‘It will crucify the Bar’: Cork solicitors confident of adapting to new injuries guidelines

Judges voted to introduce new guidelines to reduce amount paid out in specific damages

Eamonn Fleming: ‘Solicitors in country towns are a resilient bunch.’ Photograph: Daragh McSweeney/Provision

Eamonn Fleming: ‘Solicitors in country towns are a resilient bunch.’ Photograph: Daragh McSweeney/Provision


West Cork-based solicitor Eamonn Fleming has been here before. Back in 2003 it was argued that the the Personal Injuries Assessment Board (PIAB) would signal the death-knell for country solicitors. Today similar claims are being voiced about the impact of the personal injury guidelines that come into force on Saturday, following years of demands for lower insurance costs.

“I think [they] will lead to a greater acceptance of an award made by PIAB, and people will be more cautious about litigating a case in court. But I don’t think the level of business will change,” says Bandon-based Mr Fleming.

However, there is not a clear consensus amongst solicitors about the changes. Macroom, Co Cork, solicitor Patrick Goold, of JF Goold, admitted to being concerned about what lies ahead.

Plans to cut some awards may increase the number of cases being heard in District Courts, where damages are capped at €15,000, he says.

Currently, they deals with few personal injury cases.

“But if the District Court is going to get flooded with these cases, given it’s already busy with family law, criminal law, debt collections and so much more, it will get completely clogged up,” he warns.

While the guidelines increase by €50,000 the €500,000 currently offered by the Book of Quantum for catastrophic injuries such as quadriplegia or paraplegia, other awards are likely to fall.

Currently, there is no minimum for whiplash injury. Now a maximum of €3,000 will be offered where recovery happens within six months, and €12,000 where it happens within two years.

Circuit Court

Seán Cahill, of CW Ashe & Co in Macroom, doubts the District Court will be flooded with cases as it is not equipped to deal with them. Most solicitors will still opt for the Circuit Court, he believes.

“I don’t have any particularly strong feeling on the guidelines – I don’t think it will have any great effect on the Circuit Court here in Cork, because while the jurisdiction of the Circuit Court is up to €60,000, I haven’t seen anybody come near that type of award.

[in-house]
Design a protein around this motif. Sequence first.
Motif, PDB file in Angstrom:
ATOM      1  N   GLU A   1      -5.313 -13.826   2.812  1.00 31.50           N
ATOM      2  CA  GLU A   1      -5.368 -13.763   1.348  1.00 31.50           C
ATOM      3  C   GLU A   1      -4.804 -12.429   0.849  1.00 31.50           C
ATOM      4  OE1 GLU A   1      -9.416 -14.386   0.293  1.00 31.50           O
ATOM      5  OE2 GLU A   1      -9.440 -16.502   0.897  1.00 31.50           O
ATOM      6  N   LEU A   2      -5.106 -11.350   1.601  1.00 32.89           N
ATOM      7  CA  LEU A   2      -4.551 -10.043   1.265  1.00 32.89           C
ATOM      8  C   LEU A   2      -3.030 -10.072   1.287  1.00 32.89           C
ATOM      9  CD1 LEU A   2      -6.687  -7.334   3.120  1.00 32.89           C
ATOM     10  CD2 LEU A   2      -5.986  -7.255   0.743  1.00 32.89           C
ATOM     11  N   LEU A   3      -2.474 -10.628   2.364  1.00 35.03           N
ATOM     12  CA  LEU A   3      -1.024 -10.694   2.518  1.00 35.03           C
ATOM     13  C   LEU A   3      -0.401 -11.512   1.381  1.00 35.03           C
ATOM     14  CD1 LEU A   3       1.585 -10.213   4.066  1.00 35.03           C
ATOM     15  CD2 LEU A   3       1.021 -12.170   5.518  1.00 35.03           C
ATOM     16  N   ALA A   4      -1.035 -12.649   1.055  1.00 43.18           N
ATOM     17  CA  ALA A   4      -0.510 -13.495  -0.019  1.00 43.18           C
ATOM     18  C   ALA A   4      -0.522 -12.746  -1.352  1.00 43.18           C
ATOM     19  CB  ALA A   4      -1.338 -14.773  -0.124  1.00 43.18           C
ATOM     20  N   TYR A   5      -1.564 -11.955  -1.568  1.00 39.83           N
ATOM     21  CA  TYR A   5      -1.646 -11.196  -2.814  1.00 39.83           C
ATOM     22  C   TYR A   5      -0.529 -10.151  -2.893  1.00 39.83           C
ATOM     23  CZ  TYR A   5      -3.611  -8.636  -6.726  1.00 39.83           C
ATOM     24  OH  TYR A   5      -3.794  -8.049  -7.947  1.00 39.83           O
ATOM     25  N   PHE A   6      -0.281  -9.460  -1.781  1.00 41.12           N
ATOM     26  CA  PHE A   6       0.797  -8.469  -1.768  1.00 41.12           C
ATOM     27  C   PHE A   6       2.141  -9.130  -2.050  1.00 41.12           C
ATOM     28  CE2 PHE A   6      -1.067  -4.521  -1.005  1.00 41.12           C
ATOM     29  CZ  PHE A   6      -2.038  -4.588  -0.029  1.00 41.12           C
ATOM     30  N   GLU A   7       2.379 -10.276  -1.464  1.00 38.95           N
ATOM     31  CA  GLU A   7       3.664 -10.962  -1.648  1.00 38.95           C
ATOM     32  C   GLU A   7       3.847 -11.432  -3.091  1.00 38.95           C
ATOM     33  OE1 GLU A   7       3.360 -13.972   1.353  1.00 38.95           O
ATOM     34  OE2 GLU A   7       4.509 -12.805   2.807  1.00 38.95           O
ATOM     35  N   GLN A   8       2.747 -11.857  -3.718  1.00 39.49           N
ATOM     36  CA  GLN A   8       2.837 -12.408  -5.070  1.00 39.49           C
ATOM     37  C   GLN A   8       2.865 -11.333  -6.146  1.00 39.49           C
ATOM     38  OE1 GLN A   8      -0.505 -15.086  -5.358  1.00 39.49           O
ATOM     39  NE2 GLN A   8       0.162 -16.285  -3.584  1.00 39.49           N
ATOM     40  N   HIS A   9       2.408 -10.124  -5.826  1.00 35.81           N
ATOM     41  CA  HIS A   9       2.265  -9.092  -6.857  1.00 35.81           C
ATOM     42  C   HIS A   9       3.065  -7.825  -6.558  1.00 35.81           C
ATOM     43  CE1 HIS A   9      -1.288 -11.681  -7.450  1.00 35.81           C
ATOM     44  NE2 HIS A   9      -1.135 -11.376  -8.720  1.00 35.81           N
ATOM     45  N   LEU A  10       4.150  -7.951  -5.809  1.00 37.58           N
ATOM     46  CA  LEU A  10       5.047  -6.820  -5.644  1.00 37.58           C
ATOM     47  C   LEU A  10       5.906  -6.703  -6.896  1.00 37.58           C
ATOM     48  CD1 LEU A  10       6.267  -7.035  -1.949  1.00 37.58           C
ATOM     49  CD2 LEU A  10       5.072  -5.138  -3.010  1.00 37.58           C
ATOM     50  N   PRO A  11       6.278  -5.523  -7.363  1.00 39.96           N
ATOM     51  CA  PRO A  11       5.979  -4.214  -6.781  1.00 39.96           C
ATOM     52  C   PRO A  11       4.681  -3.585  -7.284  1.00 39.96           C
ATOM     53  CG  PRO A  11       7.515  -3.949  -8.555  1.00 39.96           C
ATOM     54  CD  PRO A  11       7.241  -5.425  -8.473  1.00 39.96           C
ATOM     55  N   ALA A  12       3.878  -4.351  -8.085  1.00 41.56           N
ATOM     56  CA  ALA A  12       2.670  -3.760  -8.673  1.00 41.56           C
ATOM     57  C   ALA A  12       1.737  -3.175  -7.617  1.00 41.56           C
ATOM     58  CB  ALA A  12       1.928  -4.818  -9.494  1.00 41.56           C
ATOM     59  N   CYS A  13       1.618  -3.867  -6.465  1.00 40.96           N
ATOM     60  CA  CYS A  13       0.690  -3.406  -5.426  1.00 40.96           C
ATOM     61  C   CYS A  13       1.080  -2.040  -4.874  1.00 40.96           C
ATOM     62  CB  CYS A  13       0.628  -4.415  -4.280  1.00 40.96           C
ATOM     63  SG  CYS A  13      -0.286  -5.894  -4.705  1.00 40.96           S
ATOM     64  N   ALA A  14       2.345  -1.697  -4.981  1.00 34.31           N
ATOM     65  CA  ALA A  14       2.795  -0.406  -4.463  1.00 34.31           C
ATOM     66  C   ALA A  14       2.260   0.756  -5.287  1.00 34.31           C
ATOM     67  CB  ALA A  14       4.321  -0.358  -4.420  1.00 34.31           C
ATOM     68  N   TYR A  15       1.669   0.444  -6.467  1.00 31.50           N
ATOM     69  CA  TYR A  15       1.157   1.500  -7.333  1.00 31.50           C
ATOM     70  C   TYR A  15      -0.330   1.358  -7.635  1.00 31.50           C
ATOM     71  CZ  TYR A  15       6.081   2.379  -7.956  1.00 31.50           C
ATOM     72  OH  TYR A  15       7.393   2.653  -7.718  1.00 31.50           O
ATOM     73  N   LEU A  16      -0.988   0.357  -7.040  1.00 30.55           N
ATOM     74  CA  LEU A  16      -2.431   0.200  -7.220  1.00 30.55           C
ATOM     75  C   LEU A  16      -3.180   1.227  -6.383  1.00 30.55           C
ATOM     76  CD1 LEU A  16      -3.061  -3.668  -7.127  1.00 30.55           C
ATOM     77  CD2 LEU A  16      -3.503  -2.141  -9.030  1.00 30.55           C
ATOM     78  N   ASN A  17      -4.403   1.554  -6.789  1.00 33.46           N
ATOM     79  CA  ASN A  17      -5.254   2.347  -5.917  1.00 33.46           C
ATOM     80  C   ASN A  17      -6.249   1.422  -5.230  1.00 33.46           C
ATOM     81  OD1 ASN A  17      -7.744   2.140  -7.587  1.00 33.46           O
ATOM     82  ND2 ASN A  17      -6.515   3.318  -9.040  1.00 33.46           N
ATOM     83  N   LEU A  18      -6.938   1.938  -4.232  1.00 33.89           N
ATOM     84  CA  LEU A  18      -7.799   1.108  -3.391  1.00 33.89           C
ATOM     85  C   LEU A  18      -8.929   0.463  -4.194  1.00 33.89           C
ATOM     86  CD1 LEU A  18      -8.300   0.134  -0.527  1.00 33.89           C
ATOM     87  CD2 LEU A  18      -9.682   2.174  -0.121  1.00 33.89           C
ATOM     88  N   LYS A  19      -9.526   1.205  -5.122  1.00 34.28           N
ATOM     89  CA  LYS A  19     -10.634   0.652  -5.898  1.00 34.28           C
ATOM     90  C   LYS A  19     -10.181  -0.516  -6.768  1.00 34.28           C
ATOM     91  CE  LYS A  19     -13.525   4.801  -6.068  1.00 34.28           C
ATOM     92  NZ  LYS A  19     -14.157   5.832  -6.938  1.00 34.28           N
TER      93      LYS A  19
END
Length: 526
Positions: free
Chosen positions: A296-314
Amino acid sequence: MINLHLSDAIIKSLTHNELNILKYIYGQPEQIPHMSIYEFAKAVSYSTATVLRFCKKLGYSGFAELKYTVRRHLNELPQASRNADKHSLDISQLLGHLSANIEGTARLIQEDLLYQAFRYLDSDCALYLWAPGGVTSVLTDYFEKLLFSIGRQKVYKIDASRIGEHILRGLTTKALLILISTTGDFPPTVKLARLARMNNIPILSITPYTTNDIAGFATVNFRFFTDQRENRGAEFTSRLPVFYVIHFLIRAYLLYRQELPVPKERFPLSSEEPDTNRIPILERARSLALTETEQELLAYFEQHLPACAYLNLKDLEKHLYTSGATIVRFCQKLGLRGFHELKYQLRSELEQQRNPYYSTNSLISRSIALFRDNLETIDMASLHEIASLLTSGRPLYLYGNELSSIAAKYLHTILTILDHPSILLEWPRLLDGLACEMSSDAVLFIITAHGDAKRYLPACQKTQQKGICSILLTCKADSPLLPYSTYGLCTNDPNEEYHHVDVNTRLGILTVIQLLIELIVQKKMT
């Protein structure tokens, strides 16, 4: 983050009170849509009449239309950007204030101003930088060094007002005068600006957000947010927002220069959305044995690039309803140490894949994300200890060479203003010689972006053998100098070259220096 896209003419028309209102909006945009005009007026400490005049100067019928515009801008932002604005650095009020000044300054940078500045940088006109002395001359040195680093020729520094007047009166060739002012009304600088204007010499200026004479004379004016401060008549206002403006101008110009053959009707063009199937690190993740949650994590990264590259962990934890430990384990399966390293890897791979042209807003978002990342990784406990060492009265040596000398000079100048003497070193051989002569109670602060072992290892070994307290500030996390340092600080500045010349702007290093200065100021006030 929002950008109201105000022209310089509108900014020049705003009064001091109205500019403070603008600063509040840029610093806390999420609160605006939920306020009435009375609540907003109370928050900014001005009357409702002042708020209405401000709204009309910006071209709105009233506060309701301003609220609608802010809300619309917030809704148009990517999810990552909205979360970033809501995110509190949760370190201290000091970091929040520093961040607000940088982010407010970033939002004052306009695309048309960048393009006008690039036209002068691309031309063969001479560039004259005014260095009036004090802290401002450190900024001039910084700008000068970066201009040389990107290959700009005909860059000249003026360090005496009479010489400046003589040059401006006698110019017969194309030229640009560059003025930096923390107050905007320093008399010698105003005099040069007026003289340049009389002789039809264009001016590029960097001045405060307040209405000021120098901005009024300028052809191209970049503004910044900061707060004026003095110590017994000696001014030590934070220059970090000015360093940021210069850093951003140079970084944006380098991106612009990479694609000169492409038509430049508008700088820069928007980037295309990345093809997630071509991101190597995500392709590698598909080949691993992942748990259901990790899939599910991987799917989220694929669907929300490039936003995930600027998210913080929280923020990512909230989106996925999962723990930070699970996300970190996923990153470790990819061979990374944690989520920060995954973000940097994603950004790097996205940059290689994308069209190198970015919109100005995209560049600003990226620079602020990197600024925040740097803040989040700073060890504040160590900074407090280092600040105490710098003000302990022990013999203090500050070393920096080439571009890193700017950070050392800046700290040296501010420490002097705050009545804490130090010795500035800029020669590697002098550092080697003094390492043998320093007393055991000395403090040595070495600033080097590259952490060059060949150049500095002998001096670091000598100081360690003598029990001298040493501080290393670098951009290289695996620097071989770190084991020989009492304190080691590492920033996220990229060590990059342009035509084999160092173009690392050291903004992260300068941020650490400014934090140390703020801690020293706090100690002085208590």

“The level of award you are typically getting is €20,000 to €25,000, maybe €30,000, that’s about it. So I think what is happening here in the Circuit Court in Cork already reflects to a large extent what the guidelines are recommending.”

Circuit Court awards are already very much in line with the guidelines, says Midleton-based solicitor Ken Murray, but the likely reductions in awards will affect the profession.

“When I started off first I would be doing a civil case a month in the District Court. whereas now I would say it is five years since I did a contested civil case... the days of setting yourself up as a civil litigation-processing operation are over.

“But it’s going to crucify the Bar because if cases are going to be settled, it’s going to be done at an earlier stage and won’t involve barristers, and you need people moving through the Bar – barristers use personal injury cases to support themselves while they develop expertise in specialist areas.”


Mr Fleming remains confident that county town solicitors will adapt.

“I remember someone saying when PIAB was set up it was being done to create a solicitor-free zone,” he says “But PIAB’s own figures show that approximately 90 per cent of PIAB applicants are still making their applications through solicitors, and I think that will continue with these new guidelines.

“Solicitors in country towns are a resilient bunch. They’re adaptable, and they establish a very good rapport with their clients, and clients come to trust them the way they trust their GP, and that’s key to their survival.”